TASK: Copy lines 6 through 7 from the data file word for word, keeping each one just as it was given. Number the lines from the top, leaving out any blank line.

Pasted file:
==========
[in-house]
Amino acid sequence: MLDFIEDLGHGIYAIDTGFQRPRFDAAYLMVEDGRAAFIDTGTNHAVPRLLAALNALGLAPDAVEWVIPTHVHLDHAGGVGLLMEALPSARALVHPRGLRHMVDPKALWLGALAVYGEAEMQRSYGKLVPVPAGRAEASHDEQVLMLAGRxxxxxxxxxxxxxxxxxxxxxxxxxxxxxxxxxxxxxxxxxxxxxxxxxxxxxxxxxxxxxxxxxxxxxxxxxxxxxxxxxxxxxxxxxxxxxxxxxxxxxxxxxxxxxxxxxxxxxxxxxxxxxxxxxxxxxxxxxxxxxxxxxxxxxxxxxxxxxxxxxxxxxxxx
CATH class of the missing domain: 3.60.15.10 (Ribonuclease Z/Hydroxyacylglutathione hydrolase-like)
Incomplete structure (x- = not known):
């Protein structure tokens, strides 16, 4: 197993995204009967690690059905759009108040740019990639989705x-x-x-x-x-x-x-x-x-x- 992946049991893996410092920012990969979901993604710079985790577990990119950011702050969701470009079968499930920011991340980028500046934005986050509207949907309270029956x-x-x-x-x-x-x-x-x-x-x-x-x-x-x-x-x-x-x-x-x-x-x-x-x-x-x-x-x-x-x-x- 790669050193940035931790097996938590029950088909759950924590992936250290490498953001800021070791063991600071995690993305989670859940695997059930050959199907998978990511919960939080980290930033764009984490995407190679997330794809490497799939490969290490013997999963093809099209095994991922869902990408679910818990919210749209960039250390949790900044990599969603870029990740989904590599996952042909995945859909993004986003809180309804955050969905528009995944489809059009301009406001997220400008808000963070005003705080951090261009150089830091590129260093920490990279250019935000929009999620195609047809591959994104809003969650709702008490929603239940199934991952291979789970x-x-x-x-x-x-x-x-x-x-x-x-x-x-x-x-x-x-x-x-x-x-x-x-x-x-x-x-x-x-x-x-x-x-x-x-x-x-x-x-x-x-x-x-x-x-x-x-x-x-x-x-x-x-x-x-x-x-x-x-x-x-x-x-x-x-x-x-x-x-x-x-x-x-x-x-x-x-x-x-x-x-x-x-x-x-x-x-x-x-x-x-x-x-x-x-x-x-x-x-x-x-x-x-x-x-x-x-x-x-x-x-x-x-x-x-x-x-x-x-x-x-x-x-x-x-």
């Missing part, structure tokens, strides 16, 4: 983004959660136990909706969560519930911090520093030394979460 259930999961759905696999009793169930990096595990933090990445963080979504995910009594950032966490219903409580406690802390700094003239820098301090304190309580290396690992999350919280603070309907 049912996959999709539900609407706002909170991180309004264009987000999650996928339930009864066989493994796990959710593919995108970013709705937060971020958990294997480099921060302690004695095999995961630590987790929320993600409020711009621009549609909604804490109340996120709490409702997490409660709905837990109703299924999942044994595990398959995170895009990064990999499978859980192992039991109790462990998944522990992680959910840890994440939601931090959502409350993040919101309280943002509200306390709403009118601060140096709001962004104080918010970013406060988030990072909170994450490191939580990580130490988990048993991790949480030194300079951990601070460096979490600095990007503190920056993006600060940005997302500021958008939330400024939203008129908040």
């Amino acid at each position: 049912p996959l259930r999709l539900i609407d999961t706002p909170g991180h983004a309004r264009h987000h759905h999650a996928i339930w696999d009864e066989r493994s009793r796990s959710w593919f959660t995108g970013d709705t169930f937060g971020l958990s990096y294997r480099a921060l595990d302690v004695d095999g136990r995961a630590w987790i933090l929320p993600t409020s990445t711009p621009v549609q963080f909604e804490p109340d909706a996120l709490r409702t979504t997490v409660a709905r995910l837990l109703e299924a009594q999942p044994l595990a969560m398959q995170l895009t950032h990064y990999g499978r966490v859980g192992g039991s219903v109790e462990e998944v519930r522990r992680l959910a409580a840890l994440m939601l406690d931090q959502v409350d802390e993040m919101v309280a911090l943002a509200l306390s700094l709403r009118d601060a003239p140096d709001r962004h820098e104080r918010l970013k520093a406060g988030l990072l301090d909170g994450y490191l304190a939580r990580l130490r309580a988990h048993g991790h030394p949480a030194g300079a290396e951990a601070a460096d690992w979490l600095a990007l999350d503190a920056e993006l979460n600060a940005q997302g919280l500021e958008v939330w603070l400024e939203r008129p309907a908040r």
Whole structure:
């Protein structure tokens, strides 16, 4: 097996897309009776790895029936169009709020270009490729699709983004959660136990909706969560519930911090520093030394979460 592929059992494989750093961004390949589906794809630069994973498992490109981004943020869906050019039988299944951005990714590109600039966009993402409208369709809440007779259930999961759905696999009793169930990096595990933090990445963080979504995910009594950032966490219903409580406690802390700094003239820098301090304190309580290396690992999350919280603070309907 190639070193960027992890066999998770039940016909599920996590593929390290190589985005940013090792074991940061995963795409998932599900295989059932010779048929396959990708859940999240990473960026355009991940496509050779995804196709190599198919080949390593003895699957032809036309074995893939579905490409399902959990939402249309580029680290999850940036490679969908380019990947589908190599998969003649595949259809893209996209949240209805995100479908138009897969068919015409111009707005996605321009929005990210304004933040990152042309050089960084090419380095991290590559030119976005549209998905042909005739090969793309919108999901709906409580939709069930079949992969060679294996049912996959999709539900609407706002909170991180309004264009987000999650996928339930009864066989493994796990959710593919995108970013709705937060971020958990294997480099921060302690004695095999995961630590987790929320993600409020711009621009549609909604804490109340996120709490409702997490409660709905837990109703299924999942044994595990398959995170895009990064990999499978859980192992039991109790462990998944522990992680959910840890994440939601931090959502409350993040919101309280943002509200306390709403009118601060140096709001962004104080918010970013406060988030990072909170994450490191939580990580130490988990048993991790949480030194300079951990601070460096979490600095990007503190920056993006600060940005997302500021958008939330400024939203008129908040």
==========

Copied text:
């Missing part, structure tokens, strides 16, 4: 983004959660136990909706969560519930911090520093030394979460 259930999961759905696999009793169930990096595990933090990445963080979504995910009594950032966490219903409580406690802390700094003239820098301090304190309580290396690992999350919280603070309907 049912996959999709539900609407706002909170991180309004264009987000999650996928339930009864066989493994796990959710593919995108970013709705937060971020958990294997480099921060302690004695095999995961630590987790929320993600409020711009621009549609909604804490109340996120709490409702997490409660709905837990109703299924999942044994595990398959995170895009990064990999499978859980192992039991109790462990998944522990992680959910840890994440939601931090959502409350993040919101309280943002509200306390709403009118601060140096709001962004104080918010970013406060988030990072909170994450490191939580990580130490988990048993991790949480030194300079951990601070460096979490600095990007503190920056993006600060940005997302500021958008939330400024939203008129908040």
């Amino acid at each position: 049912p996959l259930r999709l539900i609407d999961t706002p909170g991180h983004a309004r264009h987000h759905h999650a996928i339930w696999d009864e066989r493994s009793r796990s959710w593919f959660t995108g970013d709705t169930f937060g971020l958990s990096y294997r480099a921060l595990d302690v004695d095999g136990r995961a630590w987790i933090l929320p993600t409020s990445t711009p621009v549609q963080f909604e804490p109340d909706a996120l709490r409702t979504t997490v409660a709905r995910l837990l109703e299924a009594q999942p044994l595990a969560m398959q995170l895009t950032h990064y990999g499978r966490v859980g192992g039991s219903v109790e462990e998944v519930r522990r992680l959910a409580a840890l994440m939601l406690d931090q959502v409350d802390e993040m919101v309280a911090l943002a509200l306390s700094l709403r009118d601060a003239p140096d709001r962004h820098e104080r918010l970013k520093a406060g988030l990072l301090d909170g994450y490191l304190a939580r990580l130490r309580a988990h048993g991790h030394p949480a030194g300079a290396e951990a601070a460096d690992w979490l600095a990007l999350d503190a920056e993006l979460n600060a940005q997302g919280l500021e958008v939330w603070l400024e939203r008129p309907a908040r």